Turning Jumbo Molecules Into Chemical Factories
For materials science, March rolled in with a surprise and went out with an even bigger one. First, a team headed by Yale University chemist Martin Saunders made an intriguing discovery about buckyballs. When the soccer-ball-shaped molecules are heated to more than 1,112F, a door opens. Through it, a few atoms can be stuffed inside the carbon spheres, making it possible to combine elements that cannot be joined by chemical bonding.
Then, at the end of March, University of Michigan scientists unveiled the world's biggest hydrocarbon molecule at a meeting of the American Chemical Society (ACS). Also spherical in shape, its diameter is five times that of a buckyball, giving it 100 times more internal capacity. This jumbo molecule can gobble up 1,000 or more atoms--enough to make it useful for delivering drugs to target organs within the body, says chemist Jeffrey S. Moore, who led the Michigan research.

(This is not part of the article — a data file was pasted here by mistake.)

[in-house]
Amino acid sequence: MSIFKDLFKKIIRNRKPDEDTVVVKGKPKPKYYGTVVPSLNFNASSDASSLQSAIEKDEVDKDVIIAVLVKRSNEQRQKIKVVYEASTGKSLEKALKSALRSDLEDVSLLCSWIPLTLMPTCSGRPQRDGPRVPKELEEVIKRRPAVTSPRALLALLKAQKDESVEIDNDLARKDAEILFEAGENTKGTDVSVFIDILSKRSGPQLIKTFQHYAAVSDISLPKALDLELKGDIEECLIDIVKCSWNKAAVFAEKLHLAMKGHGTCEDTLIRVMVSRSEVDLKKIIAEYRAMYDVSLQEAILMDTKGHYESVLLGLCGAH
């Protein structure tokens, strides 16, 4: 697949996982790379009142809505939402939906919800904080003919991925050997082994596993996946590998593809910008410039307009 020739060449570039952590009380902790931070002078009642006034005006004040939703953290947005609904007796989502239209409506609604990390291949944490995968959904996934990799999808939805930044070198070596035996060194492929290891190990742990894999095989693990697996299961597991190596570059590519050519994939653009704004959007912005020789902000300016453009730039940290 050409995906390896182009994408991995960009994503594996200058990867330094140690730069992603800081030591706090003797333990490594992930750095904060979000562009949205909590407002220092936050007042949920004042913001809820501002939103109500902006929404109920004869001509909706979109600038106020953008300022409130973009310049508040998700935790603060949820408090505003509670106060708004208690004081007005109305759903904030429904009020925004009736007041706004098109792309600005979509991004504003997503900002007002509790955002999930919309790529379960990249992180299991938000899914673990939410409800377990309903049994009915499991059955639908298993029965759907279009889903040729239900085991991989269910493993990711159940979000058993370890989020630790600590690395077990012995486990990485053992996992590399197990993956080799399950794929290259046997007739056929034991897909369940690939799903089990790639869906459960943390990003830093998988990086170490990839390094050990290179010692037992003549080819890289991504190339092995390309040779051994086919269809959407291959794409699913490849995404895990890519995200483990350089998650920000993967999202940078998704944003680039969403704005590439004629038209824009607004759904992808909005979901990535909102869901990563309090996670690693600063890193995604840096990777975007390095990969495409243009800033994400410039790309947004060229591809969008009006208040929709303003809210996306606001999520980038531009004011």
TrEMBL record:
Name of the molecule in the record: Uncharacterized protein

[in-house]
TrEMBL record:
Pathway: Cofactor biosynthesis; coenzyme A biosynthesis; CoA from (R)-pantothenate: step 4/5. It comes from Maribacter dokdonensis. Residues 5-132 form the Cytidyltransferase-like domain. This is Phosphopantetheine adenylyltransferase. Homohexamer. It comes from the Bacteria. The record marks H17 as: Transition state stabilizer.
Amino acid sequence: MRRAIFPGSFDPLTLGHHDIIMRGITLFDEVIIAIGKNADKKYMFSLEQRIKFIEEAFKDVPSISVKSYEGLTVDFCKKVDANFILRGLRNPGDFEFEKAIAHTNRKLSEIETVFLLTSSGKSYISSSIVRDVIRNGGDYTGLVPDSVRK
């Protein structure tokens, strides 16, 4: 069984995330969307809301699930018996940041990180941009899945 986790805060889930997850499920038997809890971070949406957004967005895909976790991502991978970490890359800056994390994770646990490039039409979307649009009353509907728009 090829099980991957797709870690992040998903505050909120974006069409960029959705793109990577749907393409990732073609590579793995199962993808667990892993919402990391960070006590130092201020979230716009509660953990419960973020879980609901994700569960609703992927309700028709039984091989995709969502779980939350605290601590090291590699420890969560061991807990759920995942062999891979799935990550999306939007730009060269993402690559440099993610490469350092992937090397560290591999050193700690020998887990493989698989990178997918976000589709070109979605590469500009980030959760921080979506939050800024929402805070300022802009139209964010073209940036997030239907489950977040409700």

More important, it should be possible to tailor the stuffing so that the molecules would act as microchemistry factories. One of Moore's goals is to develop a system that would mimic plants and turn sunlight into chemical energy.
Other researchers are also trying to build jumbo molecules for microchemistry. At the ACS meeting, Cornell University chemists reported on a technique for growing so-called dendritic polymers that repeatedly branch until they form a sphere. In one potential application, such a ball has an exterior that attracts water and an interior that repels water. This may be a different way to combine two ingredients that normally won't mix, such as oil and water.
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